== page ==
Lemme lay some quotulation down upon yinz.
Kuttner's critique of Obama is on the money --- in my view, if there was ever a president who had the economic circumstances and political mandate to challenge the prevailing wisdom, it was him. But for reasons about which we can only speculate, he didn't do it.For reasons about which we can only speculate . . . how do we explain . . . I have often felt that so-called progressives approach politics with the dull, explicatory minds of an eleventh-grade English class charged 1,000 words on "A Rose for Miss Emily" or "Barn Burning," which begins with some crackpot Freudian speculation and goes on to summarize the plot for the final 700 words. Obviously, to the question of why Barack Obama did not attempt to transform American into a peaceable kingdom, the answer is that he did not intend to attempt it. Well, you can speculate on all the ways that this traduces his various heartfelt expressions of brotherhood and fellowfeeling through the bleating of what Digby calls his "reputation for rhetorical brilliance," or you can take the more pedestrian path of concluding that his character and his intentions are not contained within the wordfog of a Presidential campaign but are in full evidence in his behavior and his actions. Why has the President governed like a neoliberal coporatist? Because he is a neoliberal corporatist. Why do his pedantic, proceduralist utterances and didactic vocal cadences fall so short of his reputation for rhetorical brilliance? Because he is a pedant. Why has he failed to combat the systemic imperatives of war and business and the business of war? Because he is the system.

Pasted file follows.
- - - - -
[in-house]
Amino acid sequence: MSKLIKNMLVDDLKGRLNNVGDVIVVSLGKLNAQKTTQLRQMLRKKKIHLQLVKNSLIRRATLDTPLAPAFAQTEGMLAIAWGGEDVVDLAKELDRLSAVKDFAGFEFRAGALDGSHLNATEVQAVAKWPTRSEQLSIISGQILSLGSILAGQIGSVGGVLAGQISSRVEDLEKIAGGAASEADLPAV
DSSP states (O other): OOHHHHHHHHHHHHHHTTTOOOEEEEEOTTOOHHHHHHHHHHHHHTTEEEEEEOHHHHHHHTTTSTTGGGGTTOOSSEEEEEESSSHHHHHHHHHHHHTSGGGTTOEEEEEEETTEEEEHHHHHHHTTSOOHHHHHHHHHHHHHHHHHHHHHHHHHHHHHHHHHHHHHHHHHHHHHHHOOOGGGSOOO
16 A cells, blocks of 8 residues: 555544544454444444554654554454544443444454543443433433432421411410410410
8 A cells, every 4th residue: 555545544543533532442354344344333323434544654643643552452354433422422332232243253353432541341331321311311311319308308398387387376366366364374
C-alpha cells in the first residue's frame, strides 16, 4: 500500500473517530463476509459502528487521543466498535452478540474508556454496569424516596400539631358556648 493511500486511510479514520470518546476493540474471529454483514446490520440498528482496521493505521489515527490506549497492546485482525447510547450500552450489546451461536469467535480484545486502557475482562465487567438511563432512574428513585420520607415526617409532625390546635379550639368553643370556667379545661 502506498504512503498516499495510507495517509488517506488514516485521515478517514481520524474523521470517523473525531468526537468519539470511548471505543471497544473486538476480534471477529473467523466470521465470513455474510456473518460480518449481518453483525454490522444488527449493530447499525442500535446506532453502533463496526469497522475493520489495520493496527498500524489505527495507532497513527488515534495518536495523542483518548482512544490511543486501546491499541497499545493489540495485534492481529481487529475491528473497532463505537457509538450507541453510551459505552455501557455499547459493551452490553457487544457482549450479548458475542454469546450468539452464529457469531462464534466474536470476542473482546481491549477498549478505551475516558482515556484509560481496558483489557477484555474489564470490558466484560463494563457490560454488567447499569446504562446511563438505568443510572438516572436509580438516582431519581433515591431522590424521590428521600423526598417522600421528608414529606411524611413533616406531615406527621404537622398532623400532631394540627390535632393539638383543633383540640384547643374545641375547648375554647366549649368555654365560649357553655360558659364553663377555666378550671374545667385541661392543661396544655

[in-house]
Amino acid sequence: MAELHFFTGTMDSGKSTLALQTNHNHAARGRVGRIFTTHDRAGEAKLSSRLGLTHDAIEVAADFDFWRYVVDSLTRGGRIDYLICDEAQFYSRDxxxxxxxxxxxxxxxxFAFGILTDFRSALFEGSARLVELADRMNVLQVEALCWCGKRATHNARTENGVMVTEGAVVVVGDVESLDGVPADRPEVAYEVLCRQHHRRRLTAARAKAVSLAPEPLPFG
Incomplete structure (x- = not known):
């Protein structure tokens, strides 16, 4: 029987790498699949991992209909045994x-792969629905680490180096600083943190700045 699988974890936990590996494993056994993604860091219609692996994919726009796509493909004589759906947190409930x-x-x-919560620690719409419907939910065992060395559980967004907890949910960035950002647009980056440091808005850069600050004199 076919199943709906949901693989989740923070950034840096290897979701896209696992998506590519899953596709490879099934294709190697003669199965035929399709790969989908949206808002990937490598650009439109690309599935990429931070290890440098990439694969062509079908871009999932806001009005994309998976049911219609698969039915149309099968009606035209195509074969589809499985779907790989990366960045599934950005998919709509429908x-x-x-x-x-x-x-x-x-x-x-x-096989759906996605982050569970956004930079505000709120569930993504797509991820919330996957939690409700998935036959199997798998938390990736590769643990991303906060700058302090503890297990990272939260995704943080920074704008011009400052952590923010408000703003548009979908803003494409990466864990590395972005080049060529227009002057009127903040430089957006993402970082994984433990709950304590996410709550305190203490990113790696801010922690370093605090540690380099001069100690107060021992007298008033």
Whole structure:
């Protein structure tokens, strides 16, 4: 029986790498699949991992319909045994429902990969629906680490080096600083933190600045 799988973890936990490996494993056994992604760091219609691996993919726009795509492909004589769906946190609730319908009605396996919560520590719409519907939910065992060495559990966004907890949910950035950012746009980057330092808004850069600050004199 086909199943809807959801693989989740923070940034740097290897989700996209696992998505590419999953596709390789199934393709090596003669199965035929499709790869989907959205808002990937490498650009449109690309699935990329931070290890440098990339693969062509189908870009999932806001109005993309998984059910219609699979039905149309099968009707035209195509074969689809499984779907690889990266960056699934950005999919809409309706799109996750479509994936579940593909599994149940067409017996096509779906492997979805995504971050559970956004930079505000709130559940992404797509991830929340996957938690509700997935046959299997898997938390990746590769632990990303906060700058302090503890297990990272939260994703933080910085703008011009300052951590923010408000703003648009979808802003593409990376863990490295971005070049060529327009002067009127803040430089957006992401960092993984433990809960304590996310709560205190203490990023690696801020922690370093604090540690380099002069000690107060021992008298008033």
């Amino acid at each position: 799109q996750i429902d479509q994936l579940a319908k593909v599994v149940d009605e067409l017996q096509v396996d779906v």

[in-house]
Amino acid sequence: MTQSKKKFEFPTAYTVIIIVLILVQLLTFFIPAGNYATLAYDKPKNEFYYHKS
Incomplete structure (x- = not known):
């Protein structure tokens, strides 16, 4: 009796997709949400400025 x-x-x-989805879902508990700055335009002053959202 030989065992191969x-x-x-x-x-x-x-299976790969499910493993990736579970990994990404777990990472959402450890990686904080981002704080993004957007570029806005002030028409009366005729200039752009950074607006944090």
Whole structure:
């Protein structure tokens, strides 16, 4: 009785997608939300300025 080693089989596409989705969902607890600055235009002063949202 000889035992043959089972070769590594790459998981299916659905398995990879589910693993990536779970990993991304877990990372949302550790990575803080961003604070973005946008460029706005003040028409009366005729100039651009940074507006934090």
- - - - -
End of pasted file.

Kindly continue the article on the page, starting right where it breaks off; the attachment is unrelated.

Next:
How do we explain President Barack Obama's failure to rise to the challenge that history dealt him, and the inversion of a Franklin D. Roosevelt moment into a new period dominated by the corporate elite and the far right?